National key points must be public - R2K

2013-09-10 20:29
Luthuli House

Luthuli House

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Johannesburg - The Right2Know Campaign and the SA History Archive (Saha) have served the police minister and the defence minister with court papers to gain access to a list of national key points.

"This follows nearly a year of campaigning to make the list of national key points public," R2K and Saha said in a joint statement on Tuesday.

The court papers were filed on 5 September.

R2K national spokesperson Murray Hunter said its attorneys had indicated that the ministers had 15 days from receiving the papers to indicate whether they would challenge the matter in court.

He said R2K had been trying for almost a year to make the list of national key points public.

In October, Saha made a request, in terms of the Promotion of Access to Information Act (Paia), for the police to release the list, but they refused.

An internal appeal against the decision was turned down, R2K and Saha said in the statement.

"We are, therefore, left with no other choice but to go to court in order to obtain the list," they said.

The organisations said the National Key Points Act was a relic of the apartheid era, which promoted arbitrary and anti-democratic secrecy.

"It empowers the minister of police to declare any place to be a 'national key point', giving it special security and excessive secrecy for 'national security' reasons."

They claimed that the number of declared national key points had increased from 118 to 197 in the past five years.

Protest

On Monday, R2K protesters were told they could not protest outside Chief Albert Luthuli House in Johannesburg as it had been declared a national key point for the day because President Jacob Zuma was there.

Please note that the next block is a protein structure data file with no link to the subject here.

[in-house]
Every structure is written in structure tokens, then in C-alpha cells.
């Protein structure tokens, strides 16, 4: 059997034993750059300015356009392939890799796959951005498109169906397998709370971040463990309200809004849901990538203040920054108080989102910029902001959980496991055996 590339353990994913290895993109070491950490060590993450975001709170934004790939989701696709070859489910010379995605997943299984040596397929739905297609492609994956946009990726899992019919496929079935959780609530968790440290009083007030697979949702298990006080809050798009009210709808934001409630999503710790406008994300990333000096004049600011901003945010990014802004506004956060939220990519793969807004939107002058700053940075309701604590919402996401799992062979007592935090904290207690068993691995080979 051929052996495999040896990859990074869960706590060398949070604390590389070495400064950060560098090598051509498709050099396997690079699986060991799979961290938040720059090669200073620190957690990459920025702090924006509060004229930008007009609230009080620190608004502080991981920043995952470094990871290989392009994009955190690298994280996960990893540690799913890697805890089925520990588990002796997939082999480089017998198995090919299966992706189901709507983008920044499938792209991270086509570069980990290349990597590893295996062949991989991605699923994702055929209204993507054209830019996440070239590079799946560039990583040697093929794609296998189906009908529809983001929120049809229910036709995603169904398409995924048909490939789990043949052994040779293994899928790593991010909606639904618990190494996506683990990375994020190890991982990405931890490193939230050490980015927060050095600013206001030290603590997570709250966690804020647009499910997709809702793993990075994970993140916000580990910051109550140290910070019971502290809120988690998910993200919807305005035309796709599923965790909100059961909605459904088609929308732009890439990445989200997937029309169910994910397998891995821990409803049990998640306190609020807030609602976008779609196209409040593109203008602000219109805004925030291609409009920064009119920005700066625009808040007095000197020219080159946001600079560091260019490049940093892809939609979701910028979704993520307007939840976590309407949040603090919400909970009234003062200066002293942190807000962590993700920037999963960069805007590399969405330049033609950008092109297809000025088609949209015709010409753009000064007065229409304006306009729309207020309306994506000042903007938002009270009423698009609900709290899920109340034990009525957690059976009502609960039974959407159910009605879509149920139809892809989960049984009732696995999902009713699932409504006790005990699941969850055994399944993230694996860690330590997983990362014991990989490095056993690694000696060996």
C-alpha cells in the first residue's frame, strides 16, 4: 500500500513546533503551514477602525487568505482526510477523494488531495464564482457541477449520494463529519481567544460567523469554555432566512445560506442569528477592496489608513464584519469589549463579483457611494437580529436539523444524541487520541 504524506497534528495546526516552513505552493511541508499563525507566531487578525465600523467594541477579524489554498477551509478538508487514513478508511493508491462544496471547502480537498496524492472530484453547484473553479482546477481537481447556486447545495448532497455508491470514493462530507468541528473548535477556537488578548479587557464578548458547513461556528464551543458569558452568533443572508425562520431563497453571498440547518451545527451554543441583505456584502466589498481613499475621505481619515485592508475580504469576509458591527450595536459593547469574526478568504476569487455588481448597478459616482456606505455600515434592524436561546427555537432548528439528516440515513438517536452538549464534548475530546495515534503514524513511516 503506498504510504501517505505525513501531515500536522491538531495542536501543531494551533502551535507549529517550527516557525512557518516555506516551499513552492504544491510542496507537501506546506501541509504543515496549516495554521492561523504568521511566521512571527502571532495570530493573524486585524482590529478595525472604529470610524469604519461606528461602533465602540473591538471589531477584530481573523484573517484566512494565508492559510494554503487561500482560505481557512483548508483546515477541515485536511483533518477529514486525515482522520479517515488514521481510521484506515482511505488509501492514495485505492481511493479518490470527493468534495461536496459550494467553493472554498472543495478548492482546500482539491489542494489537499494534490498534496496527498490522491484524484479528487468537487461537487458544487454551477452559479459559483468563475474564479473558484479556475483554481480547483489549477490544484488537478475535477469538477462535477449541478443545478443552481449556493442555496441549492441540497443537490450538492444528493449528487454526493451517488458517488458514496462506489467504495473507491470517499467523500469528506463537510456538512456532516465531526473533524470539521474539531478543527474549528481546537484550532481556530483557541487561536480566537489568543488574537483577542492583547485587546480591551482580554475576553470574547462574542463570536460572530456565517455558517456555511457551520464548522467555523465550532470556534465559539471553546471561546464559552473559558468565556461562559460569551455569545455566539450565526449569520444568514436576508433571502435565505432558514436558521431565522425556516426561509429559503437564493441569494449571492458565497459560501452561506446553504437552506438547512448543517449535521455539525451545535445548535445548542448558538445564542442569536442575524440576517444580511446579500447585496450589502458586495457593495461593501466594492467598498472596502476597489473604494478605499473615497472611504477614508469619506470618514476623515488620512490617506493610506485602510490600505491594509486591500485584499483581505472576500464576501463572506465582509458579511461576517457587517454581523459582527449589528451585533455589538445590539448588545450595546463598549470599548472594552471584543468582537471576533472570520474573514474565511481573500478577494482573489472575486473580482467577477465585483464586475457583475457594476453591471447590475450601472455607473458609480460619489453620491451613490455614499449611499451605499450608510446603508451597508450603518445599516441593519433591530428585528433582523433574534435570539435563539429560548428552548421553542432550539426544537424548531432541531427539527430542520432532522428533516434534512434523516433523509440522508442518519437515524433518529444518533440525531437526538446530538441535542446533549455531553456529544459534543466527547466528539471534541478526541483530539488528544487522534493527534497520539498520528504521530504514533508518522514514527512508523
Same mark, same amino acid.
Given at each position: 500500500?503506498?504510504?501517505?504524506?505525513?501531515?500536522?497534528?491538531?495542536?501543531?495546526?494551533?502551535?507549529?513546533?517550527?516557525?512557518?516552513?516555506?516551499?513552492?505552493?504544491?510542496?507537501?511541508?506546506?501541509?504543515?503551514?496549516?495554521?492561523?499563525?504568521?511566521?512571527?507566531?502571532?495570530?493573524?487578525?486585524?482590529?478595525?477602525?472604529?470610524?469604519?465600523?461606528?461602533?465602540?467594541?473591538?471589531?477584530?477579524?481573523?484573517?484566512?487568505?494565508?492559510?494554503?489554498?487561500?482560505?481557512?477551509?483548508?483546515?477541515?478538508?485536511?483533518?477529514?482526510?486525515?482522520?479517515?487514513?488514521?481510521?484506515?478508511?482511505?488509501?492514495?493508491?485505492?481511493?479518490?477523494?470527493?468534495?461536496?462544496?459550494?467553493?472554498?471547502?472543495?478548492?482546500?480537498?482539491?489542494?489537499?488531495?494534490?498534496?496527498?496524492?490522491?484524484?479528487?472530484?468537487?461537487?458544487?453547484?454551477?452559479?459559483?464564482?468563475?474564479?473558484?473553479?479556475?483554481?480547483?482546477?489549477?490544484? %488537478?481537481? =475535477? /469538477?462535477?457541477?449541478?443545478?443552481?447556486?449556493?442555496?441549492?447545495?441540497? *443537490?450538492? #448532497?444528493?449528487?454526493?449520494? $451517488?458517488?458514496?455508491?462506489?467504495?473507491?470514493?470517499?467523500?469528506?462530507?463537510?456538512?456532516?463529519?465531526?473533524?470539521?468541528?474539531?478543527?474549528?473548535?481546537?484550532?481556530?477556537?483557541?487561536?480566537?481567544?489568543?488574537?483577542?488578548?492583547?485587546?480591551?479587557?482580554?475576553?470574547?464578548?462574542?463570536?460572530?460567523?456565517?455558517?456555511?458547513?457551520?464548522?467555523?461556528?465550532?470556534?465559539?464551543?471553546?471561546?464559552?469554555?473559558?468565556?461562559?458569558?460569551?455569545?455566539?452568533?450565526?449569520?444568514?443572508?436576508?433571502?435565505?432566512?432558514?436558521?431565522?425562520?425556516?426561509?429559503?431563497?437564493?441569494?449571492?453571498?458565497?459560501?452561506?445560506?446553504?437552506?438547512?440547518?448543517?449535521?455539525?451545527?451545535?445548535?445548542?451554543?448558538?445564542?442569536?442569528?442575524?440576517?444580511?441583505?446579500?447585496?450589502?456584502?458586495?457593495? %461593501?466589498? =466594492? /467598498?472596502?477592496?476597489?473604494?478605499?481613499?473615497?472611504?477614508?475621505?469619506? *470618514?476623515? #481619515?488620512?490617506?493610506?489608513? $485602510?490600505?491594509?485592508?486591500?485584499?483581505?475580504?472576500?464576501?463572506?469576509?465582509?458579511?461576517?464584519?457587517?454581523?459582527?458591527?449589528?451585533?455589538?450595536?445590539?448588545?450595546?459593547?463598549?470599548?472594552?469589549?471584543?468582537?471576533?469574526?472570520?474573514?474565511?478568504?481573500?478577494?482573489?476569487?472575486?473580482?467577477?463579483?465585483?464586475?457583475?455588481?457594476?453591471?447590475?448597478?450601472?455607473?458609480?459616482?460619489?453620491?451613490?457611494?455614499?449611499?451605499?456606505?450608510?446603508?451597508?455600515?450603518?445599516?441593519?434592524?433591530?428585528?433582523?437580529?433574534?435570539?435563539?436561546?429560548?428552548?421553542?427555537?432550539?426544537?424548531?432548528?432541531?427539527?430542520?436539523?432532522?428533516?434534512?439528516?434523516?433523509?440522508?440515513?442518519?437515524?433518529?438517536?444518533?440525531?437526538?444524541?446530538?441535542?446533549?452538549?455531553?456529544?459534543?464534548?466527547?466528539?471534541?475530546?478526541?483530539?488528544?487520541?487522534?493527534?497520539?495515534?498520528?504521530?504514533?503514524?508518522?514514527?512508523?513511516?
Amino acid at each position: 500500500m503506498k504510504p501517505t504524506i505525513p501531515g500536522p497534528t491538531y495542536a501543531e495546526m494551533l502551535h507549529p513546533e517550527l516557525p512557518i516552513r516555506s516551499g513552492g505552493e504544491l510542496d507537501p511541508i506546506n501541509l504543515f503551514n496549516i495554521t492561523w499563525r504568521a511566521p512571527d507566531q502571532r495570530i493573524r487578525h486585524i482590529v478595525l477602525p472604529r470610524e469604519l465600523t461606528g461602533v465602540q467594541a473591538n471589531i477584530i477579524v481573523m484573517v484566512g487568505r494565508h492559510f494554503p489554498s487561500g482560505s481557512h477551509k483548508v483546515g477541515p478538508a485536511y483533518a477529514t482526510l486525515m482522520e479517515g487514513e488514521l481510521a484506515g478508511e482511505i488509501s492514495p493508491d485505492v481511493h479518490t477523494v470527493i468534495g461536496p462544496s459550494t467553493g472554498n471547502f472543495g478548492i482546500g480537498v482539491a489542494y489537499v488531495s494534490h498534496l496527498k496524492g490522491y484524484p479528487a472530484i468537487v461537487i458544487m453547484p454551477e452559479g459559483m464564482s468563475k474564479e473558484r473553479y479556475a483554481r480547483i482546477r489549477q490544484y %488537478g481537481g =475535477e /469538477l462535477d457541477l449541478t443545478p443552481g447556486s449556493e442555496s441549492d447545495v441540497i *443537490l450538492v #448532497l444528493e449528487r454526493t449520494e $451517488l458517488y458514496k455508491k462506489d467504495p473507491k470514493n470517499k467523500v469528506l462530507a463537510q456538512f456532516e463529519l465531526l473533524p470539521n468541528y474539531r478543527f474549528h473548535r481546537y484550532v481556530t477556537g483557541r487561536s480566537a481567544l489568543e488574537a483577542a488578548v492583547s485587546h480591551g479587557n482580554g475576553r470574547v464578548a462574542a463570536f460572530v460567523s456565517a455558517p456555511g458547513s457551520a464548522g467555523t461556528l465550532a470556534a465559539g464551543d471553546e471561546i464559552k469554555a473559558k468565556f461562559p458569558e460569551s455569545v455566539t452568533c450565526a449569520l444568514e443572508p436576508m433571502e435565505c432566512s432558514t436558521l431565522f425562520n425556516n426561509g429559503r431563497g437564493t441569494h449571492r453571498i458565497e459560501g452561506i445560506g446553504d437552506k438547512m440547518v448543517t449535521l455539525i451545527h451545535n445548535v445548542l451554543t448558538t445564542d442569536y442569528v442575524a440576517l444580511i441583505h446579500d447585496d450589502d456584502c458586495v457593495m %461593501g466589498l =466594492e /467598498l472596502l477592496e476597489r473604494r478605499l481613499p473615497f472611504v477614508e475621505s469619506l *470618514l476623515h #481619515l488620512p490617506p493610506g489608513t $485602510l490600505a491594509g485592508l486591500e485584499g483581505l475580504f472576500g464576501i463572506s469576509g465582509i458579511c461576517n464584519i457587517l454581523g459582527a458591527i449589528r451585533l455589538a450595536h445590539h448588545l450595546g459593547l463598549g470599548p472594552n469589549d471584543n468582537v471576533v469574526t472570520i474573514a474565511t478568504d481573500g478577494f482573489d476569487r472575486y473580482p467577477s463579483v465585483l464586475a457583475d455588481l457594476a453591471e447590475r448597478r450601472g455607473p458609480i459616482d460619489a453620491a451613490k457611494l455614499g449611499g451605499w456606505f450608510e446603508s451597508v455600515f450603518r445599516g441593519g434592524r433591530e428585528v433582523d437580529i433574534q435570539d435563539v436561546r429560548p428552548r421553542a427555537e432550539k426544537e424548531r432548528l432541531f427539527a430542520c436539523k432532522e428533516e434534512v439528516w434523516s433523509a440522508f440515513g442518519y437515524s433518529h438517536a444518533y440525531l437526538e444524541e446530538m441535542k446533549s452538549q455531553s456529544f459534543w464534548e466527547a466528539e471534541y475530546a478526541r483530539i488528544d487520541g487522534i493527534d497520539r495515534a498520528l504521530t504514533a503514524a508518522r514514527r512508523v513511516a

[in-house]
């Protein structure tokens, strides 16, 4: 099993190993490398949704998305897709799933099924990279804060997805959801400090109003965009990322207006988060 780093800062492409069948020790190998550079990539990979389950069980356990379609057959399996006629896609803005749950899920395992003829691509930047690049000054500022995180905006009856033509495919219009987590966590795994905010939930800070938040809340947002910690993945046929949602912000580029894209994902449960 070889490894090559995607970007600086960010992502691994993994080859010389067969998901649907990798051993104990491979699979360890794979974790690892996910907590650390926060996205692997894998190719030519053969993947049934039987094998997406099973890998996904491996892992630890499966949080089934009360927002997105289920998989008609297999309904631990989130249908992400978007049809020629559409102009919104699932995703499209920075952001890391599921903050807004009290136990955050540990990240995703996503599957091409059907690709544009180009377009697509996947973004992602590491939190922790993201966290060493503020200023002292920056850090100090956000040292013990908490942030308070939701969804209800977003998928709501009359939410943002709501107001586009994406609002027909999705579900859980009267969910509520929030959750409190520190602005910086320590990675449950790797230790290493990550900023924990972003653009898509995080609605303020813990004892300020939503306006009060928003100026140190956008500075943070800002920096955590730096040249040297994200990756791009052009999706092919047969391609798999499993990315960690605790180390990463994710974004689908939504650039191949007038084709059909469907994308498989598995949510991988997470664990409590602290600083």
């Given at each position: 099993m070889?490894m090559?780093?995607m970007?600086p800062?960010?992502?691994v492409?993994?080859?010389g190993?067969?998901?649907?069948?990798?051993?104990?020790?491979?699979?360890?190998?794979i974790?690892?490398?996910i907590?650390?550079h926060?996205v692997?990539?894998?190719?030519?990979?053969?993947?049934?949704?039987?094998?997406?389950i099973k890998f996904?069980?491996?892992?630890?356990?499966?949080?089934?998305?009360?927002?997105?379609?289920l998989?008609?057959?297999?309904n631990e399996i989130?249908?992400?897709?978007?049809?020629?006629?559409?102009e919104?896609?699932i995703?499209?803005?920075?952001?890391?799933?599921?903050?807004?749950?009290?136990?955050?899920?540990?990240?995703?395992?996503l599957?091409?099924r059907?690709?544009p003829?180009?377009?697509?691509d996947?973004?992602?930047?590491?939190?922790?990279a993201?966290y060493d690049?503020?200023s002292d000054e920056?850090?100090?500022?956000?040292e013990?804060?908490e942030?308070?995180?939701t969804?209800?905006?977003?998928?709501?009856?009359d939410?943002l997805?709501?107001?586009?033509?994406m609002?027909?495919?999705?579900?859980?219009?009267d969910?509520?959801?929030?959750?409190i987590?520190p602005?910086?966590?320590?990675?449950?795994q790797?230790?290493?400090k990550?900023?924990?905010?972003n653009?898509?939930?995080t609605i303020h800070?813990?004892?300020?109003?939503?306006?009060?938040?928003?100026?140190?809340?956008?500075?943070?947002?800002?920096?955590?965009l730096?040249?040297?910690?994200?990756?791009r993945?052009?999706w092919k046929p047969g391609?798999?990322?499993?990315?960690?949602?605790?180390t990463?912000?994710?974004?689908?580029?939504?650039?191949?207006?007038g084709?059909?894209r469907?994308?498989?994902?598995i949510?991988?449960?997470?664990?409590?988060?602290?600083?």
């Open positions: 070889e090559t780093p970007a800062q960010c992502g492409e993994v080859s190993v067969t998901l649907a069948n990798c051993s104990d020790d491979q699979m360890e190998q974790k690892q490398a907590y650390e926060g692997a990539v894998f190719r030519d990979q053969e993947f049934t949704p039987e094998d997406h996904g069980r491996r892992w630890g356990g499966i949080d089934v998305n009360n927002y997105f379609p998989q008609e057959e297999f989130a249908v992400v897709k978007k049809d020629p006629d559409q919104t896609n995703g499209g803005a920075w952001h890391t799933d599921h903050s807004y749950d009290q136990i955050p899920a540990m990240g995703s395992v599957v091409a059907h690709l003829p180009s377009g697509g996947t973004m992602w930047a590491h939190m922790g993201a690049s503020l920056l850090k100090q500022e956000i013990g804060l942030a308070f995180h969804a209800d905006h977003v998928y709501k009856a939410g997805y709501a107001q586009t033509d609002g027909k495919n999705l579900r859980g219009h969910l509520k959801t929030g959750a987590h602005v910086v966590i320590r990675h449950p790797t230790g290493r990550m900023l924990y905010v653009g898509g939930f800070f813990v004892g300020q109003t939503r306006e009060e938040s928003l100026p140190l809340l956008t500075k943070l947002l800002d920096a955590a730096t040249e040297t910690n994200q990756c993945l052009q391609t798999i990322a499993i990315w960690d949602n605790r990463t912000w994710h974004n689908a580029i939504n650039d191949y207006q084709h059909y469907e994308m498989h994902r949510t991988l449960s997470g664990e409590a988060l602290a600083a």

Police ministry spokesperson Zweli Mnisi said its office had no record of the court papers. He said the National Key Points Act was set down for debate in Parliament next week.

"It was supposed to take place this week. However, due to the bereavement in the minister's family [his mother passed on and was buried this past weekend] the debate was then rescheduled," he said.

In 2007, a draft national key points bill was developed and when it progressed to the National Economic Development and Labour Council process, certain issues prevented the processing of the bill, said Mnisi.

He said that during his budget vote in May, Police Minister Nathi Mthethwa announced that he had requested his legal team to relook at the bill to begin the process of "refining it and introducing it to Parliament".

"The main objective is to re-align the National Key Points Act with the Constitution and other pieces of legislation," said Mnisi.

"In terms of Section 6 (1) of the National Key Points Act, he [Mthethwa] had appointed an advisory committee on national key points to assist him in evaluating, auditing and assessing the desirability of all national key points, to determine how these should be aligned to constitutional prescripts."

The team had finalised its report and the bill would be introduced in Parliament before the end of this financial year.

Read more on:    police  |  jacob zuma  |  nathi mthethwa  |  johannesburg  |  security

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